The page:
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Stocks Drop 3% - Biggest Loss In 3 Months

Thursday, 4 Sep 2008 | 5:47 PM ET

STOCKS DROP 3%....BIGGEST LOSS IN 3 MONTHS

Investors sent the Dow and the overall stock market sharply lower on Thursday amid signs that the economic slowdown is showing no sign of improvement.

It was the biggest one-day percentage drop for the three major indexes since June 26, explains Melissa Lee who’s in for Dylan Ratigan. It was also the fourth day of losses for both the Nasdaq and the S&P 500, and the S&P 500's longest losing streak since January.

The day’s action felt like another fund was getting out of its positions, says Guy Adami.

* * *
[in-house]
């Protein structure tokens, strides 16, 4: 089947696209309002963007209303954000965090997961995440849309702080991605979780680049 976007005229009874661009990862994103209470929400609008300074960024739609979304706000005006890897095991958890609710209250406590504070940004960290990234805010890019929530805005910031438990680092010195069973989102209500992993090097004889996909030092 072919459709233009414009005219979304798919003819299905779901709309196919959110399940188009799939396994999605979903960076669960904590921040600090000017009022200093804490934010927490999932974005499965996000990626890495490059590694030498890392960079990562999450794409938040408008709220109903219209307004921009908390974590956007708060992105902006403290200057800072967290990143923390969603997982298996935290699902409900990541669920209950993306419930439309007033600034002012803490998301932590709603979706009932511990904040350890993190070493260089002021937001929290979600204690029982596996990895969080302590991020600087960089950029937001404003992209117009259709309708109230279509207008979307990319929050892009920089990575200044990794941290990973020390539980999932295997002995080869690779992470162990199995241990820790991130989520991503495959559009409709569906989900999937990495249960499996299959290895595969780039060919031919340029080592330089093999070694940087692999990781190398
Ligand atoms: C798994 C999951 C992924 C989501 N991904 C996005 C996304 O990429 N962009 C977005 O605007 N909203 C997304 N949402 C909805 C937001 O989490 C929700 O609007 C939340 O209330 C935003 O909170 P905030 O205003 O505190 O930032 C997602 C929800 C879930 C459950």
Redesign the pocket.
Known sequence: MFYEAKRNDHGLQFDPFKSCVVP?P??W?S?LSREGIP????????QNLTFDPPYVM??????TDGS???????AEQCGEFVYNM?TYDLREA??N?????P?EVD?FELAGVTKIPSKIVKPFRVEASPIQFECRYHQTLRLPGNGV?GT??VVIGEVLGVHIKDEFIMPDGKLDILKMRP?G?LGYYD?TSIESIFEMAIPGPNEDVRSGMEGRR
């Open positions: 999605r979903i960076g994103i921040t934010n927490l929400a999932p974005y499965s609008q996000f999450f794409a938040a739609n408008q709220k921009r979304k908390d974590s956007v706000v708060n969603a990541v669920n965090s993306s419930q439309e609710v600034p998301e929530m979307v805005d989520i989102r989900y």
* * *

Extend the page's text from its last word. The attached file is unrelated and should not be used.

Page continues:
What do you think? Tell us now!











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MARKET'S WORST PERFORMER: FINANCIALS

Financial stocks were hammered, after Bill Gross, the manager of the world's biggest bond fund, Pimco, said that to halt what he called "a financial tsunami" the U.S. government should give the Treasury the right to buy debt and other assets.

Word on the Street
The Fast Money guys take a look at today's top business stories.

Gross told CNBC that his firm's clients and contacts around the world were "sitting on their hands as well," waiting for a major buyer to come into the asset markets.

This suggests to me that things aren’t so good, Guy Adami injects.

Also shares of Lehman Brothers dropped after the firm revealed its LibertyView hedge fund lost money in July. Also speculation grew that the Koreans were backing away any kind of deal with Lehman.